Subsequently, at the time the patient required a related additional procedure, all staff worked to offer
services at NNMC during which time the patient stated that the HRS was a “diffuser” and “we really do
not want to go the legal route, we just don't want this to happen to another patient." After the HRS
intervention, restoration of patient's trust in military medicine was demonstrated by her scheduling a
Neurosurgical procedure within the system.
Case study: Provider Support: Clinicians and allied health support staff suffer an emotional impact when
adverse medical events cause harm to patients. Institutions benefit when they provide a therapeutic
venue for discussion, debriefing, and gaining understanding of the systemic contributions to an event.
After a tragic, unexpected post-op death of an active duty soldier and post autopsy disclosure to family,
the HRS was invited to coordinate an open session for all staff involved in the care of this soldier - from
bedside clinical, to anesthesia, to surgeons, to pharmacy - a multidisciplinary and multi-level staff
disclosure session. Chaired by the Deputy Commander for Clinical Services, supported with an esteemed
Behavioral Health provider, all disciplines were encouraged to participate in an analysis of the event,
relating the impact on their professional performance in conjunction with searching for the underlying
system failures focusing on building reparative and improvement processes. Additionally, this provided a
venue to inform staff of the well-being and forward progress made by the family of the soldier, allowing
closure and emotional healing for the staff. This debriefing negates former perceptions that disclosure
unfairly targets physicians as sole source of what is often an institutional/systems cascade of impacting
Implementation methods: In order to implement an HRS service MHS-wide, there must be a formalized
program established at the DoD level with policies to outline role, relationships, responsibilities, and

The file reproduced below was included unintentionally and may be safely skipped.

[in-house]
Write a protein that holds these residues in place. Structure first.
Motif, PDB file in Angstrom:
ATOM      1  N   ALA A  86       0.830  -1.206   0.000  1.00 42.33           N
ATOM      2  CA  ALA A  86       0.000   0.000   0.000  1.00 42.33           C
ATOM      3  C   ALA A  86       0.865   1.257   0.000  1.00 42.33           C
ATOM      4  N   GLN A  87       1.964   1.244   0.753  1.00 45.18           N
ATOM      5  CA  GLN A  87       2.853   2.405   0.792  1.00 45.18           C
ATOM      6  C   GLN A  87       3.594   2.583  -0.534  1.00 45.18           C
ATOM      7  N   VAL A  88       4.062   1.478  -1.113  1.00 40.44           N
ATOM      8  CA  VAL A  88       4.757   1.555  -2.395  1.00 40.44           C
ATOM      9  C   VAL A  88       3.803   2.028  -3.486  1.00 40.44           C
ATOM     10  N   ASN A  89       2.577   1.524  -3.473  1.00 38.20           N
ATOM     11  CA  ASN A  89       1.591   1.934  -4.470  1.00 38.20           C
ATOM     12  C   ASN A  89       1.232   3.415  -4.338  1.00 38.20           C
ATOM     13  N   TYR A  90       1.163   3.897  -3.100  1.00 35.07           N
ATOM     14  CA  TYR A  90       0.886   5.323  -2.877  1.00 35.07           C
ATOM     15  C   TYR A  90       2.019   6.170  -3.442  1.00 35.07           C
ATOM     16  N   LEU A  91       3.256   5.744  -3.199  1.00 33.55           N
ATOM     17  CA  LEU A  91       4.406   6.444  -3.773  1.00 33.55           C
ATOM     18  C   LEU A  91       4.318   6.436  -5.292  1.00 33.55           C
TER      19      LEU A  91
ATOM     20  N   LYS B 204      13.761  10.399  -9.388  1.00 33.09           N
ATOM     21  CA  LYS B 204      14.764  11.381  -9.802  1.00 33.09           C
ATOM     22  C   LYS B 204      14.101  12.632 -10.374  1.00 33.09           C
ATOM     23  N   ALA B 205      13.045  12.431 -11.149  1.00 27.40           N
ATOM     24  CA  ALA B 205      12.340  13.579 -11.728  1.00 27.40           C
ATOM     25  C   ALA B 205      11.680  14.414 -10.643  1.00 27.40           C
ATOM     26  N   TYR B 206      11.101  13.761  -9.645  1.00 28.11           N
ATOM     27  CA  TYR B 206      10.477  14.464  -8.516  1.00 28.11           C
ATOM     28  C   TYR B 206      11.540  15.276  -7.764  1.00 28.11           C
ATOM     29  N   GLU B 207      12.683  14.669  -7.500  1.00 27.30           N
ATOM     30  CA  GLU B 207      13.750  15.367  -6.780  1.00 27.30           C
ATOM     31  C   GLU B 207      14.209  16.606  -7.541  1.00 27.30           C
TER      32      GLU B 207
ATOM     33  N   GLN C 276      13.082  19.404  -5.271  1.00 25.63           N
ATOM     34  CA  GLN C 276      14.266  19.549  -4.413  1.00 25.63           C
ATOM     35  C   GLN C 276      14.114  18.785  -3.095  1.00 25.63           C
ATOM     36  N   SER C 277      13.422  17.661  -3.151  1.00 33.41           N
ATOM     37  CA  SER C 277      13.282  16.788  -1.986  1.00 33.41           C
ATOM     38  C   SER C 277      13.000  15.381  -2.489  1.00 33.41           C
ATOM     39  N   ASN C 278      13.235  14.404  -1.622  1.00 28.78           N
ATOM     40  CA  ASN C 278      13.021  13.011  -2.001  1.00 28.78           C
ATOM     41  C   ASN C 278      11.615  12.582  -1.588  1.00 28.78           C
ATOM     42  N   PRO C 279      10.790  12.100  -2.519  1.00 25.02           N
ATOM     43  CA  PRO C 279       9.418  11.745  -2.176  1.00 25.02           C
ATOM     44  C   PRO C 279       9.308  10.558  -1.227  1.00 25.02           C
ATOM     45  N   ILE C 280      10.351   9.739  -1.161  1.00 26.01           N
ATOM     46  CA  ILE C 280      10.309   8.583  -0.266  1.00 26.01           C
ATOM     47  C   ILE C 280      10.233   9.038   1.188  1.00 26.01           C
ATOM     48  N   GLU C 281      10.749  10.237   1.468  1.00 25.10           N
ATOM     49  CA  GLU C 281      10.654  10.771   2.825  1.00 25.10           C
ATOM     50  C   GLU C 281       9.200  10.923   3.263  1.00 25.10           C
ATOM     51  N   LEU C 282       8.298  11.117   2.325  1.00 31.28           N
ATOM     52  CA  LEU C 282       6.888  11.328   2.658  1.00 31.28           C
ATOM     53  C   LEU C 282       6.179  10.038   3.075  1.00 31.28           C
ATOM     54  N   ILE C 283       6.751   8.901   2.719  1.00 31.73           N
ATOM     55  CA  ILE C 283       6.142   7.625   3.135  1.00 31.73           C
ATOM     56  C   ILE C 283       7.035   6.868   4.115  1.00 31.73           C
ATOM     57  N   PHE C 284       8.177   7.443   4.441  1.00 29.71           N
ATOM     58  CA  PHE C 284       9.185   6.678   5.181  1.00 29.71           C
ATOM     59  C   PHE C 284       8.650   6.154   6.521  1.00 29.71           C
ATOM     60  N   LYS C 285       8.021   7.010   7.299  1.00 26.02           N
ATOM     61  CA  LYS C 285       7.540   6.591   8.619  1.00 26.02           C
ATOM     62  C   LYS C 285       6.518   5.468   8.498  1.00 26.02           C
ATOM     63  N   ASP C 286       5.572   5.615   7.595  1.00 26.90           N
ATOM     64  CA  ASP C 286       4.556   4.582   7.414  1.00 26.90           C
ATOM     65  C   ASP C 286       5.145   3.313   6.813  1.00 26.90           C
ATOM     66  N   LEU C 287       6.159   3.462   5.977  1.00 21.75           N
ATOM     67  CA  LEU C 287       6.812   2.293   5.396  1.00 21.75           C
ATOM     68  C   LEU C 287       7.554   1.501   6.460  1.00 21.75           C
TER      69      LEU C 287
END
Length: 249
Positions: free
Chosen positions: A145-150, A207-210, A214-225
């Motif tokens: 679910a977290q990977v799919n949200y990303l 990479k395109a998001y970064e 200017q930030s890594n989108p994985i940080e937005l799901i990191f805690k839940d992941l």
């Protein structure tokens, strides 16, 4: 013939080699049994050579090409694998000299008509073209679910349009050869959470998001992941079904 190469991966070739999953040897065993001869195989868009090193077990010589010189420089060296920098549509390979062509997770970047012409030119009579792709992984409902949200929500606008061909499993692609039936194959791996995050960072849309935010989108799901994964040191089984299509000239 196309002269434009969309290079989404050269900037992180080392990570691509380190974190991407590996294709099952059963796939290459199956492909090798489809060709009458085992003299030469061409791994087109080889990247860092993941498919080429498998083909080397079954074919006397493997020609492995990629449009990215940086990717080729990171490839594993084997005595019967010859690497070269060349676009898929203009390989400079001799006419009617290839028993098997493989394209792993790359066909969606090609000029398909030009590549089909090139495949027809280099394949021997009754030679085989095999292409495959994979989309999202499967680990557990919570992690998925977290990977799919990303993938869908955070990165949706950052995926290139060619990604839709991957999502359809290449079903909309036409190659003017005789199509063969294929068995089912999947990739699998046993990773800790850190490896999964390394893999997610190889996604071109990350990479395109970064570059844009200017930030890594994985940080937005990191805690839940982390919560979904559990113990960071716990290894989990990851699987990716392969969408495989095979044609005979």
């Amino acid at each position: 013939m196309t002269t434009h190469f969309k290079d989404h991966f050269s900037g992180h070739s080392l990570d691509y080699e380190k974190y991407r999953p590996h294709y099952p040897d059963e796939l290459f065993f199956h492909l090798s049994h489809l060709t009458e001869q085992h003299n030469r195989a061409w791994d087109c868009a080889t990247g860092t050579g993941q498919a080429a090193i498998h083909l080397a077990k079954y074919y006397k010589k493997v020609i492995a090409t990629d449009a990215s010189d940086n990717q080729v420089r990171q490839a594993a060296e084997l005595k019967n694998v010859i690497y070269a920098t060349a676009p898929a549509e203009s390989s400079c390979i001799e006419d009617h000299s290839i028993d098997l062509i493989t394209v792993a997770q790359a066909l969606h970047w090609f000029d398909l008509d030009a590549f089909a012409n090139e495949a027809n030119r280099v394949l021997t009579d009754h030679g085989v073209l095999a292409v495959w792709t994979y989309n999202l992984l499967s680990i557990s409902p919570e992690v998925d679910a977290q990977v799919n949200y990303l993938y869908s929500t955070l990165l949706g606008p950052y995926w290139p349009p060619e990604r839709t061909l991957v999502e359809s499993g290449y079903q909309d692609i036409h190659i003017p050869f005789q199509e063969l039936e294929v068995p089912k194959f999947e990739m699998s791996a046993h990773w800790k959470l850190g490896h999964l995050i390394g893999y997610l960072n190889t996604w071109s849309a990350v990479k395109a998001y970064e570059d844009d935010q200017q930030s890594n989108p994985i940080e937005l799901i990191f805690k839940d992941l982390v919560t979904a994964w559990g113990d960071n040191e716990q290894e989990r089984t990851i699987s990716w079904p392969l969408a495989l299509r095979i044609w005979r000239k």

functions. The program must have both an educational element and be actively marketed so all staff
have access immediately following an adverse event. Subsequently, additional HRS personnel will be
required with selection focusing on experience in both the healthcare arena and as a leader. The costs
associated with an HRS include the annual salary, facility requirements of a comfortable
office/conference area with seating for patient/family members to meet with providers, enabling open
communication in a private setting. As the program is formalized and expanded across the DoD,
quantifiable outcome based parameters can be established, for example, patient/provider satisfaction,
increased documentation of disclosure events, number of litigation claims filed, and number of referrals
to network.
Results: According to the cases cited above, it is possible to openly disclose medical errors and
concurrently restore trust in the military healthcare system and improve the quality of healthcare with
an open analysis from a multidisciplinary approach. Interdisciplinary barriers in the provision of
healthcare can be removed when individual interpretations of a medical error are openly shared.
Involvement of the HRS ensures that everyone has an advocate and that adverse events result in trust
instead of blame.
Conclusion: Case by case, the HRS earns the trust of patients, providers, and the organization. It is
important to remember that the patient is not the only victim; staff members are required to continue
providing world-class care for Soldiers, retirees and dependents. By creating a situation in which
providers and patients feel supported by the system of care, rather than stifled by rules and fear,
hospitals can promote emotional healing for all parties involved. The MHS would benefit from a HRS
program because it improves quality of care over time and promotes patient and provider satisfaction in
an open, nurturing environment.